My timeline on twitter usually fills up with calls for a bathroom break when a Divas match comes on. Is it the predominantly male fans themselves who don’t want to see women wrestle? Maybe if fans lent more support, WWE would, in turn, book them better. A well-intentioned, thoughtful suggestion, no doubt, but it reminds me a little of the debate people of color have about going to see movies by/about people of color even if it’s a crap movie. Does supporting them at all costs really lead to more and better movies by/about people of color or does it convince studios to keep churning out the same crap because it’s making money? How then do we explain WWE’s developmental program, NXT, doing a better job with its female wrestlers?

Because sometimes twitter is a thermometer of the people, here is a sampling of top recent tweets about WWE Diva Nikki Bella (at the time I wrote this):

“John Cena Surprises Girlfriend Nikki Bella With Designer Bag Worth Thousands—See the Total Divas.”

“Nikki Bella Showing Off Her Cleavage.”

Nikki Bella is a heel, so of course she’s going to win by cheating sometimes.”

Only one of those tweets is related to her work as a wrestler. And she does some pretty impressive shit.

Here, in contrast, are the top recent tweets about NXT champ Sasha Banks (at the time I wrote this):

“AJ Lee. Paige. Sasha Banks. Titus O’Neill. The Bella Twins. Cameron. The real shooters. The New Bullet Club.”

Sasha Banks slays me”

“Bella’s vs. Sasha Banks and Becky Lynch!!!! Paige vs. Charlotte AJ vs. Bayley

All of these tweets, and the majority I scrolled through, were about Sasha’s wrestling or her wrestling persona. So WWE (through NXT) is capable of delivering more gender balanced programming. While WWE can be accused of not leading in that direction, some of the female roster is complicit by following. True, it’s an uneven exchange – trading the opportunity to wrestle on the largest of its platforms for control of how they’re portrayed as women and wrestlers – but it’s one they make and we can’t completely look away from that. And with WWE’s history, it’s a choice they make with some knowledge about the shit they’re gonna be asked to do. The argument could be made that change can best be affected from within. May that be what’s happening here. I’m just saying some of the women are active participants in the portrayal that wrestling is a secondary concern for them. Fame being the first.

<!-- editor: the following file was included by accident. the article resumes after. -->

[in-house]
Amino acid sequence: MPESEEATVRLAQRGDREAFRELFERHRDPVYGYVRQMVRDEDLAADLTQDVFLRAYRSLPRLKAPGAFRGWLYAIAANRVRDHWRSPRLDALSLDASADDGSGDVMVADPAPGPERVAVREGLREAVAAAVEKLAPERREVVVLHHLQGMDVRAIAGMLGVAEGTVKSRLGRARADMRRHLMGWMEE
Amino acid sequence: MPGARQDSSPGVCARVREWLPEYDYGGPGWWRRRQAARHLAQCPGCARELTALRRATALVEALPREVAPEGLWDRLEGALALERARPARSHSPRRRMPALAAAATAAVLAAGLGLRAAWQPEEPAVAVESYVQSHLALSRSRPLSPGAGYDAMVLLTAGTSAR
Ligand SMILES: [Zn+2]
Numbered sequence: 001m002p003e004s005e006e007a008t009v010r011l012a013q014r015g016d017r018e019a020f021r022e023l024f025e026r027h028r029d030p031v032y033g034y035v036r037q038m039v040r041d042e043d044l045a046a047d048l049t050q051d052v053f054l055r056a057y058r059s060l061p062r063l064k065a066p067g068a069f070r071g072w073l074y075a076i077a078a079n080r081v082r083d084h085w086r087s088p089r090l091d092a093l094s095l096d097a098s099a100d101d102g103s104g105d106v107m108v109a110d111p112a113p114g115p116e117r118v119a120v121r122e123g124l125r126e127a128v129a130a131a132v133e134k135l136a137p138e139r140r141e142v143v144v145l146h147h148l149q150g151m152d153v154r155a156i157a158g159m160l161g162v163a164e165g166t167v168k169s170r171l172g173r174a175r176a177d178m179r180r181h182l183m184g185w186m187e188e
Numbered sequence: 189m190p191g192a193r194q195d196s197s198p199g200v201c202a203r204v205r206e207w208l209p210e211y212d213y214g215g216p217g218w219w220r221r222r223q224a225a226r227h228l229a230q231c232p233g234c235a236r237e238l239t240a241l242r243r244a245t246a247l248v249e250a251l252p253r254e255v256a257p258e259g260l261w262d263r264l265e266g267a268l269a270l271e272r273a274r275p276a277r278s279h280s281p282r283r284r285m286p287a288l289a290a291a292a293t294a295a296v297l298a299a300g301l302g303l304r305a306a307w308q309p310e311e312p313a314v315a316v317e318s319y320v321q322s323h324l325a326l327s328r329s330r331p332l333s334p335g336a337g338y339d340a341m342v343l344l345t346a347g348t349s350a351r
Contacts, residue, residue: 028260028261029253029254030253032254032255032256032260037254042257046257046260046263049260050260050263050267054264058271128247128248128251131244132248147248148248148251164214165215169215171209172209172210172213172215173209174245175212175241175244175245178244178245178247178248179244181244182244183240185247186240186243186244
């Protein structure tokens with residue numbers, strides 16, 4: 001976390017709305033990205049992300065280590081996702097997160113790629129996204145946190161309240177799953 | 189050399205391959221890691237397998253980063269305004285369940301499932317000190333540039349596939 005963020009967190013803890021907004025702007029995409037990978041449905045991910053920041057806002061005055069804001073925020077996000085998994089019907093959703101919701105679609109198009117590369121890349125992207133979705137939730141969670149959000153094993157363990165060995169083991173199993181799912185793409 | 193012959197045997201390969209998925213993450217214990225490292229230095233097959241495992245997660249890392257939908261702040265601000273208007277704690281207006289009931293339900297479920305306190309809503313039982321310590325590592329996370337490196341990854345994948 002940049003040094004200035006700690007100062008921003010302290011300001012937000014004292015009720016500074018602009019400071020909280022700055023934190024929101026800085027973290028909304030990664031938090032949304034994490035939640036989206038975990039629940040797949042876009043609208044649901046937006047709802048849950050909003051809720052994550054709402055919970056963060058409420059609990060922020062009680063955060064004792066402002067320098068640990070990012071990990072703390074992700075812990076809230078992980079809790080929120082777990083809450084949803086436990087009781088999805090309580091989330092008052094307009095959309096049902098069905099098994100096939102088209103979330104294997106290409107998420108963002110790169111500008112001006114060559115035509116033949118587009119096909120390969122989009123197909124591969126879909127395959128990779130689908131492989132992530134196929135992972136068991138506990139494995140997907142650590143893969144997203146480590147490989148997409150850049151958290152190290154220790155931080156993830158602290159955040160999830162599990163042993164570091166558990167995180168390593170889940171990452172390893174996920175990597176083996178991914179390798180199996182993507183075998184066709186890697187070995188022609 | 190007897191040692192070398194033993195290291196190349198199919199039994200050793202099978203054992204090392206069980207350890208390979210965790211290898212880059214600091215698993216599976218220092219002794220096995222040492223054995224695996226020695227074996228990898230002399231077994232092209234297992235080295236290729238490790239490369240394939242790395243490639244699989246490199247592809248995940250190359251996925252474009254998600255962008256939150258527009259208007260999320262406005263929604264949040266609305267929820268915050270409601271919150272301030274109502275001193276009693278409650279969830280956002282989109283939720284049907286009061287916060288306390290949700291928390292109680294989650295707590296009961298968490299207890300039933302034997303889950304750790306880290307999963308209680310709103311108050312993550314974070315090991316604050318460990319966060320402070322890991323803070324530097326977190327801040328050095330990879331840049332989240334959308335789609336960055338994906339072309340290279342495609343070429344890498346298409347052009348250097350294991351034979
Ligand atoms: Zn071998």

Let’s look at why so many fans (self-included) re-up on snacks or do a chore whenever the Divas come on. I can tell you why I do. Their characters are homogenous and lack nuance. From entrance music to attire to physique to personality. The variation is only in degrees. A quick word association game when I take a cursory glance at the male roster: evil exec, vigilante, arrogant actor, cult leader, cosmic tag team, underdog, Samoan twins. The same game with the female roster gives me: punk goth girl, twins, sorta rebel.

And if you’re asking me if I, casual fan that I am, would watch more if the Divas were on more, I’ll say no. Because they’re going to give me grown women skipping, batting their eyelashes, relying on their cleavage for popularity in some infantilized version of womanhood that isn’t the reflection I know or care to see. And don’t get me wrong, sexuality/sensuality are fucking badass places in which to be totally in your power, but once you put that on a stage for the regular consumption of an audience, how much autonomy do you still have? I can watch one Diva with a sexy gimmick, (male wrestlers have always had a narcissistic pretty boy archetype) but seven or eight bitches doing the same thing? Why? Where are the other archetypes that the men have? The snob, the smart-ass, the dark one, the technician, the loose cannon, the monster heel, the comic relief even.

You might say, who watches this shit anyway? Why are you attributing so much power to this one medium of entertainment? Who is looking to professional wrestling to align their social issue compass anyway? A fuckton of people watch it. Just one of their weekly shows, RAW, drew 4.12 viewers this past Sunday. With a mix of performance art, theater, sports, soap opera, and story-telling I don’t know how more people aren’t watching this, especially artists. And approve of it or not, the masses have always had their socio-political-economic views heavily influenced by entertainment, from the first person to ever tell a myth around a fire.

Entertainment is a reflection of collective consciousness, but it can take a more active role and steer some of that collective as well. And that can be for the benefit of an encompassing, more humane world or a divisive, detached one. So why am I not totally sold on some big change in gender equality from WWE? Simply because I don’t trust the sincerity of it, and it’s a sincerity that would still make it good TV.